Shelters across the United States often deal with an influx of pets around the 4th and 5th of July. Pet owners are often distracted by the Fourth of July festivities and don't notice that their pet is gone until hours after the event.
“There are several advantages to going to the shelter to see if your dog is there. For one, you can confirm whether or not your dog is there with your own eyes. Also, importantly, you’re taking some pressure off of the shelter’s staff by going to look for your dog. Fourth of July is an extremely busy time for shelters since so many animals escape. Naturally, they’re flooded with calls and inquiries. By checking in at the shelter, you can also drop off a photo and contact information for your pet, should they end up there.”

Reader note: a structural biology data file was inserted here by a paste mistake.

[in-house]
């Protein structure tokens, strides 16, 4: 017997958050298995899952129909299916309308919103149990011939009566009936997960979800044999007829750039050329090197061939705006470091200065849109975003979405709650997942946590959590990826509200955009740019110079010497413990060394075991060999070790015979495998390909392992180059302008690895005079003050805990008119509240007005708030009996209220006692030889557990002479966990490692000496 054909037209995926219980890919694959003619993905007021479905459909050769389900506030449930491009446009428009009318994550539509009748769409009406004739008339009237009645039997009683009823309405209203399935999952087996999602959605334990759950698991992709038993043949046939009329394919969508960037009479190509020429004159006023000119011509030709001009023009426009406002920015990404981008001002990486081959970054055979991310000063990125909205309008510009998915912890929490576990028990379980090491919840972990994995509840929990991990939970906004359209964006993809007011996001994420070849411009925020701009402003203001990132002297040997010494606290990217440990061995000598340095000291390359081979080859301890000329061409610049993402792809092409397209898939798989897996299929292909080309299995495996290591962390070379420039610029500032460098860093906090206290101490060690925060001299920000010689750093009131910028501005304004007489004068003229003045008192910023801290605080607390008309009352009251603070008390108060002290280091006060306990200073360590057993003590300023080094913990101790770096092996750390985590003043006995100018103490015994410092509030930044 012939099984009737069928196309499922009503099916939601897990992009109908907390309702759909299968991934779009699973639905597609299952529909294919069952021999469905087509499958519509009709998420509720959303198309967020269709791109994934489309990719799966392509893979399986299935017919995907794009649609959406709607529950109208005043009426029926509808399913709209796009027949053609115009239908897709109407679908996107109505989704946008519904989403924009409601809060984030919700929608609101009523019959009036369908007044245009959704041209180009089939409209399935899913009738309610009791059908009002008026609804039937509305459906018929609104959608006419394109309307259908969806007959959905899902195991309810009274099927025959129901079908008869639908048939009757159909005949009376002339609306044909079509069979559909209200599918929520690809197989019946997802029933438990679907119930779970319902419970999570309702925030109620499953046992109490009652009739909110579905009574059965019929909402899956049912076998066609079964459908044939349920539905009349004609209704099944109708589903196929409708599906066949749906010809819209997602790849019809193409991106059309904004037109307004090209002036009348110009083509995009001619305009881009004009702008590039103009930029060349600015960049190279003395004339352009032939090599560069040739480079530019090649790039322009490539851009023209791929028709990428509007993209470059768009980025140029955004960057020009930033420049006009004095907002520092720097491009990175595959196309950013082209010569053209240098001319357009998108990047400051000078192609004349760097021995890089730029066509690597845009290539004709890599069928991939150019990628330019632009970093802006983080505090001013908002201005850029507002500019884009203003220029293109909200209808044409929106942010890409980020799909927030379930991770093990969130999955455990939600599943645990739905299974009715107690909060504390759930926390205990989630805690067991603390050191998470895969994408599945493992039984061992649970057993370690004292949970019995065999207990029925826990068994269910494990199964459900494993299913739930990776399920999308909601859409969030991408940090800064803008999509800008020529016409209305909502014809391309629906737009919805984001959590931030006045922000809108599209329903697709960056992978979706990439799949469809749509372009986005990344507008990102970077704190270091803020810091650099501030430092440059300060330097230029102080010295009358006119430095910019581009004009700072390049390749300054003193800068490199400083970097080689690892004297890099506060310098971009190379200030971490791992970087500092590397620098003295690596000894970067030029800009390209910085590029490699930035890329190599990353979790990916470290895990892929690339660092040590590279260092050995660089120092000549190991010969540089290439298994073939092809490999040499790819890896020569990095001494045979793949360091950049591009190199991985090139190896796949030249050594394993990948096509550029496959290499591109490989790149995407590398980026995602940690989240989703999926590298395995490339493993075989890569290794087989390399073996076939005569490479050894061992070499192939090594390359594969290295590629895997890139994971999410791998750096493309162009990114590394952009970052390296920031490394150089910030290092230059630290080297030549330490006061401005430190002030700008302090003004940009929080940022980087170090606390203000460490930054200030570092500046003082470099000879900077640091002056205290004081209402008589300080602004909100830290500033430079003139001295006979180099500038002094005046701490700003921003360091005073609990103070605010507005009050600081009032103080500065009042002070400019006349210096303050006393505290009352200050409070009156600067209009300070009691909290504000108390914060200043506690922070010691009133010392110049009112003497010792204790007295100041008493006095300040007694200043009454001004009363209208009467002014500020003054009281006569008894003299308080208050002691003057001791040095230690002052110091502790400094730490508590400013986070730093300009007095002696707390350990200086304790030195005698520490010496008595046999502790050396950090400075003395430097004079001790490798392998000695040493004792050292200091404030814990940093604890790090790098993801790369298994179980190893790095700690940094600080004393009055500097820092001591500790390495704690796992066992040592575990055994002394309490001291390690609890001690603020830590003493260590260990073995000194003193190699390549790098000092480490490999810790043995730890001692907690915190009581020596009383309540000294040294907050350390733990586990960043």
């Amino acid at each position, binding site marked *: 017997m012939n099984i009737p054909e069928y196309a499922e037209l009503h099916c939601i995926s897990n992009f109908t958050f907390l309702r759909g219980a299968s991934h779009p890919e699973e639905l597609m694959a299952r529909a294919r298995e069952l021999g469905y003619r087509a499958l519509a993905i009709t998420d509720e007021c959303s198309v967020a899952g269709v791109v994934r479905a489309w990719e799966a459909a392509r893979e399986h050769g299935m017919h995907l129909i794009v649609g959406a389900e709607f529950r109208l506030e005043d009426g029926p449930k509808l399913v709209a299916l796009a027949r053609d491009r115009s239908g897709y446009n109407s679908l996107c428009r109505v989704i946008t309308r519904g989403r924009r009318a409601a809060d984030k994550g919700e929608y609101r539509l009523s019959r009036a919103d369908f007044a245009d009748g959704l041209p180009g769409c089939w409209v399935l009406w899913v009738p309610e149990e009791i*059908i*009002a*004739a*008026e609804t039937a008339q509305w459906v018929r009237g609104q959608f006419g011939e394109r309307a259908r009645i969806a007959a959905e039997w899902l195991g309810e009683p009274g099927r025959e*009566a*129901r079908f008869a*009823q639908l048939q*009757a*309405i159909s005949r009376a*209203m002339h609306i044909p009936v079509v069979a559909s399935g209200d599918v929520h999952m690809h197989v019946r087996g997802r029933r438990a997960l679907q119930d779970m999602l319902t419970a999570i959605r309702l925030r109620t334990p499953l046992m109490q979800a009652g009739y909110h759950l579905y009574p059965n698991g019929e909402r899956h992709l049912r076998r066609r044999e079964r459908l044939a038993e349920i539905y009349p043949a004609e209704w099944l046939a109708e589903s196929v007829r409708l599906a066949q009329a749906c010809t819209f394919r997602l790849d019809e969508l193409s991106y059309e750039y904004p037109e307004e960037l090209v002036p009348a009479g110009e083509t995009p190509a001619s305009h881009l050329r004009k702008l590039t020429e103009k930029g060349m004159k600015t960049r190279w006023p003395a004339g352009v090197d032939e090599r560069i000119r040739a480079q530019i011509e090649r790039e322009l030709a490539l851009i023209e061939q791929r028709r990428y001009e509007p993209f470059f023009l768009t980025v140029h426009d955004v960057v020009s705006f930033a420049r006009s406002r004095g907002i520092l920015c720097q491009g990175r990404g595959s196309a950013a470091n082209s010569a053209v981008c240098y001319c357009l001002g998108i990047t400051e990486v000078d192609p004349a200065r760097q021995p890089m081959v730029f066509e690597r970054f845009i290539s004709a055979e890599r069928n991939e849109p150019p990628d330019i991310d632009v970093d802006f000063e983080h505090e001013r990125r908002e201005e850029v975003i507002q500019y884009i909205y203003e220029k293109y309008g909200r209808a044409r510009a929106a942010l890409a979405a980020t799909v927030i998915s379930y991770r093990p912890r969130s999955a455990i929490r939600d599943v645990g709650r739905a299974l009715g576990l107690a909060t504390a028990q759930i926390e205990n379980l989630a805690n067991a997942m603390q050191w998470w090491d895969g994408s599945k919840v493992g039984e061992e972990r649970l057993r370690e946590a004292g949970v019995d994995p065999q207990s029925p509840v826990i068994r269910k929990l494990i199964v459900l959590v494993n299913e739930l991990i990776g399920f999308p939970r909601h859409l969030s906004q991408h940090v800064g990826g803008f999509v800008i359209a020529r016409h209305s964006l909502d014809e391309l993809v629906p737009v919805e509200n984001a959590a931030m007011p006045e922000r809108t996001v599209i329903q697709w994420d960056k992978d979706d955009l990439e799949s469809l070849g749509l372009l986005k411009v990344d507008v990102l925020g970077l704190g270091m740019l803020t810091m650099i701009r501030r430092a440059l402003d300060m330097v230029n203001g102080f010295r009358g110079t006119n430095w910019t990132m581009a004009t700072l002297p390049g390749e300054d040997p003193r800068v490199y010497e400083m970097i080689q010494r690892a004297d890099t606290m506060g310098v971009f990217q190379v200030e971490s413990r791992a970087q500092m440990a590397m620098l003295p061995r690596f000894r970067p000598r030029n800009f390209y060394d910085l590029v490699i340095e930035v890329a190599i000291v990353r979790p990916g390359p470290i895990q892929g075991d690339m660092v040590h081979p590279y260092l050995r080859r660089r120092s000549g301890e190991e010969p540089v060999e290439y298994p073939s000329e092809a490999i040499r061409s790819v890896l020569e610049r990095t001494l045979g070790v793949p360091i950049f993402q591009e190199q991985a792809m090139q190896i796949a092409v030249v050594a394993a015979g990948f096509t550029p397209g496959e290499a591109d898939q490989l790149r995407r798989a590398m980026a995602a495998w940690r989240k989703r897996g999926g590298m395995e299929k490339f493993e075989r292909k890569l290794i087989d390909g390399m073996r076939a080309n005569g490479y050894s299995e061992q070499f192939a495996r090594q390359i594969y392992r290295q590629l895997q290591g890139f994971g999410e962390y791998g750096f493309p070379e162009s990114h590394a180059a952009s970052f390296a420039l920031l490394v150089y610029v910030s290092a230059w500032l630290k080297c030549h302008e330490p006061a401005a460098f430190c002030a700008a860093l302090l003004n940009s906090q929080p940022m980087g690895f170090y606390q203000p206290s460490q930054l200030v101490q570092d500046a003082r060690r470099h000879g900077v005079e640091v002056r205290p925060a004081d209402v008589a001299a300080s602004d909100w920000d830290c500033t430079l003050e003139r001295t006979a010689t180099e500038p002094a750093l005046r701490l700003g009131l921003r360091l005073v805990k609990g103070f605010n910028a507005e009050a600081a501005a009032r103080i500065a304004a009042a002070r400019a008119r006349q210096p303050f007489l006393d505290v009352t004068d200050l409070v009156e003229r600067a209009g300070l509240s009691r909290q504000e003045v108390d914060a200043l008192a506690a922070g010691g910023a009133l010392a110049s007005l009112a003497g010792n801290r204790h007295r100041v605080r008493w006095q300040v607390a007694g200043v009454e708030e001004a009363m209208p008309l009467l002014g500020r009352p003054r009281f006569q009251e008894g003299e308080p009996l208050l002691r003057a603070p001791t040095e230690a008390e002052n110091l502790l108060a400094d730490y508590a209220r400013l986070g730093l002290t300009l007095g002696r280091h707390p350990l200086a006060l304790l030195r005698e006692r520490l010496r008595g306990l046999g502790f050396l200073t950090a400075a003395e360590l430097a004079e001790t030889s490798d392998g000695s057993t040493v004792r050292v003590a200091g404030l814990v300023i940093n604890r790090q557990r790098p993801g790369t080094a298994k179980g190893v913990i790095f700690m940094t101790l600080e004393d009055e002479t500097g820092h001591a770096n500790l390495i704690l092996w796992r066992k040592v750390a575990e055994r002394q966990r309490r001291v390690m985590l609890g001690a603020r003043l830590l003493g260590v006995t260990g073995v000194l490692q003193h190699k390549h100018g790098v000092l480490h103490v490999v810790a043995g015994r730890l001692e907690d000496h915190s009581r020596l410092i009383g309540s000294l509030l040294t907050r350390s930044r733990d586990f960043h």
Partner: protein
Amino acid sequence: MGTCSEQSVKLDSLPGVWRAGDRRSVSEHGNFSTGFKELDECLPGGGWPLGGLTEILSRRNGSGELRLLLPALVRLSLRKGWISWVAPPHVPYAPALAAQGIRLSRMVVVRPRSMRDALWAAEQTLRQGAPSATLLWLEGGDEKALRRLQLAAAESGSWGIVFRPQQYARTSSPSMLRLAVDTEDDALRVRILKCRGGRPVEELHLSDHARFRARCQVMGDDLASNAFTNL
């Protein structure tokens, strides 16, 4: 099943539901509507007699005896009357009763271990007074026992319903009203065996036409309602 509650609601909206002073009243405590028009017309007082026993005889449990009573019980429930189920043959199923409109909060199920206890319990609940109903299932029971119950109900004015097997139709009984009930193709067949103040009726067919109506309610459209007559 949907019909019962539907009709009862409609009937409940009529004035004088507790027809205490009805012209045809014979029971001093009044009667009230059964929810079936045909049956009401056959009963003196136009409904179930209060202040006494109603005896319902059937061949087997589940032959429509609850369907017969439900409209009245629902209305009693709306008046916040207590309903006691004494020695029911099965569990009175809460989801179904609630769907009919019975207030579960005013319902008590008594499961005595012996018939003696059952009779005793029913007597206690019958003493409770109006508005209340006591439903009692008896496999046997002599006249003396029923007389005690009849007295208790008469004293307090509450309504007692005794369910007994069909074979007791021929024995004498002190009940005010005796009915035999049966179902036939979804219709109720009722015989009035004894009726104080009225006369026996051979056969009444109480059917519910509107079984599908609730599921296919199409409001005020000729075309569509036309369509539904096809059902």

— Andrea Servadio, Fitdog
It just isn’t a Fourth of July party unless there are streamers, balloons, firecrackers and leftover plates strewn about the house. However, before letting your pet roam around, be sure to clean up all decorations. Otherwise your pet might pick up something that isn’t food.
“Before letting your dog roam around the post-party area, clean the room from head to toe, ensuring that all balloons, streamers, party hats, etc. are thrown away or swept up. These items can be extremely dangerous in your pet’s intestines, causing a blockage. Make sure your home is clean and safe to avoid an unwanted trip to the vet.”
— Lorraine Rhoads, Dogtopia